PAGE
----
The effects of bradykinin and sequence-related analogs on the response properties of cutaneous nociceptors in monkeys

Adil A. Khan, Srinivasa N. Raja, Donald C. Manning, James N. Campbell, Richard A. Meyer

Research output: Contribution to journalArticlepeer-review


The endogenous peptide bradykinin is found in plasma and inflammatory exudates and has been implicated as a chemical mediator of inflammatory pain and hyperalgesia. Two subtypes of bradykinin receptors, B1 and B2, have been described, and antagonists for the receptor subtypes have been synthesized. The bradykinin analogs [desArg9,Leu8]BK and DArg[Hyp3DPhe7]BK have been reported to have antagonist activity at the B1 and B2 bradykinin receptors in smooth muscle, respectively. Behavioral studies in rats indicate that the bradykinin analogs can block the algesic effects of bradykinin. We wished to determine the effects of bradykinin and the bradykinin analogs (B1 and B2 analogs, respectively) on cutaneous nociceptors in the monkey. In addition, we wished to determine the type of bradykinin receptor that mediates the sensitizing effects of bradykinin. Recordings were made from single C-fiber and A-fiber nociceptive afferents (CMHs and AMHs) that innervated hairy skin. Heat sensitivity before and after the injections was determined with a heat test sequence consisting of stimuli that ranged, in 1°C increments, from 41° to 49°C. Intradermal injections of vehicle (neutral normal saline) failed to alter the heat response of CMHs. Bradykinin (10 nmol in 10 μ1) evoked activity in 6 of 10 CMHs and sensitized all the fibers to heat stimuli. After the bradykinin injection, the mean heat threshold of the CMHs decreased from 44 ± 0.5° to 42.7 ± 0.5°C (mean ± SEM, p < 0.02), and the total response to the heat test sequence increased by 87% (p < 0.002). In a related psychophysical study in human volunteers, the same dose of bradykinin resulted in a comparable (115% increase in ratings of pain (Manning et al., 1991). Bradykinin also evoked activity in 10 of 17 AMHs and sensitized 8 AMHs to heat stimuli. Bradykinin failed to alter the threshold for activation of CMHs to mechanical stimuli as measured by application of von Frey hairs to the receptive field. In contrast to bradykinin, intradermal injection of the B1 and B2 analogs (10 nmol in 10 μ1) evoked activity in 2 of 6 and 0 of 5 CMHs, respectively. A noteworthy finding was that both analogs enhanced the response of CMHs to heat stimuli by 50% (B1 analog, 1.5 ± 0.1; B2 analog, 1.5 ± 0.2). The B1 (n = 10) and B2 (n = 5) analogs did not evoke activity in any of the 15 AMHs tested. In contrast to the findings in CMHs, only 2 of the 15 AMHs (1 each with B1 and B2 analogs) were sensitized to heat. These results indicate that the specific bradykinin analogs reported to have antagonistic properties in some algesic models have agonist-like effects on CMHs in monkeys and may not be useful as peripherally acting analgesics.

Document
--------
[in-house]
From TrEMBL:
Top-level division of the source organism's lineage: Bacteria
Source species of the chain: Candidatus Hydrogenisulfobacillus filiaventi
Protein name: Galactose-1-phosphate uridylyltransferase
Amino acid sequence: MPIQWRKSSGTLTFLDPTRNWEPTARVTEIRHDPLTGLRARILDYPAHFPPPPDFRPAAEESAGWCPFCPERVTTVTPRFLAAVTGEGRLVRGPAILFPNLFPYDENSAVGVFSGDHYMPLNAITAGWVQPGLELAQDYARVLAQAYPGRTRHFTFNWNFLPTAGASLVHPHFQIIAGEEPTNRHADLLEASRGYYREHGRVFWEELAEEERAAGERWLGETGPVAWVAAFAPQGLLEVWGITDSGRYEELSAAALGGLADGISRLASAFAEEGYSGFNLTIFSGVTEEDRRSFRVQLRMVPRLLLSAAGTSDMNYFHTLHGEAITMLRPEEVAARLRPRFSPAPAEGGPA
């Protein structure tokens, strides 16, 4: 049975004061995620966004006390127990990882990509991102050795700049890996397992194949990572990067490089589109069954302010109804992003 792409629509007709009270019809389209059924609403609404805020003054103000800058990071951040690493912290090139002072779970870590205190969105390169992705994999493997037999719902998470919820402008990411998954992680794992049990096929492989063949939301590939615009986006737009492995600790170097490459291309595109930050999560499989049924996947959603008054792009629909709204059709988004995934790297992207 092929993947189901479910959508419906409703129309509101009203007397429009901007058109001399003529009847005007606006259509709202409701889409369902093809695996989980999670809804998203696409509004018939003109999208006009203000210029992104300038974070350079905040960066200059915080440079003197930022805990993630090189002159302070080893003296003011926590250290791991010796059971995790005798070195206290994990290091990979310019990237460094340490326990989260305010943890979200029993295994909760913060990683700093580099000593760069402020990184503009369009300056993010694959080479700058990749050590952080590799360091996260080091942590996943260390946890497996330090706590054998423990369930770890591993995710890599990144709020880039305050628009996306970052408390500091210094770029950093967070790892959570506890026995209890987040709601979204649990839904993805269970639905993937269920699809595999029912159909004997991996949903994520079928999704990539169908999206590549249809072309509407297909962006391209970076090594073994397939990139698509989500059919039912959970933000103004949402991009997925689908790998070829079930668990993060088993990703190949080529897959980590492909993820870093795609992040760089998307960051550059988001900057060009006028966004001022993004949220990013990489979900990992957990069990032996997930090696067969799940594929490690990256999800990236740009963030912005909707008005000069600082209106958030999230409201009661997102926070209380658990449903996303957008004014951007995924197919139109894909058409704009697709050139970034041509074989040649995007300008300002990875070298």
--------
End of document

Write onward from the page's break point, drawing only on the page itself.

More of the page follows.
Original languageEnglish (US)
Pages (from-to)97-106
Number of pages10
JournalSomatosensory & Motor Research
Issue number2
StatePublished - 1992


  • Bradykinin
  • Bradykinin analogs
  • Hyperalgesia
  • Inflammation
  • Nociceptors
  • Pain
  • Primary afferents
  • Sensitization

ASJC Scopus subject areas

  • Physiology
  • Sensory Systems

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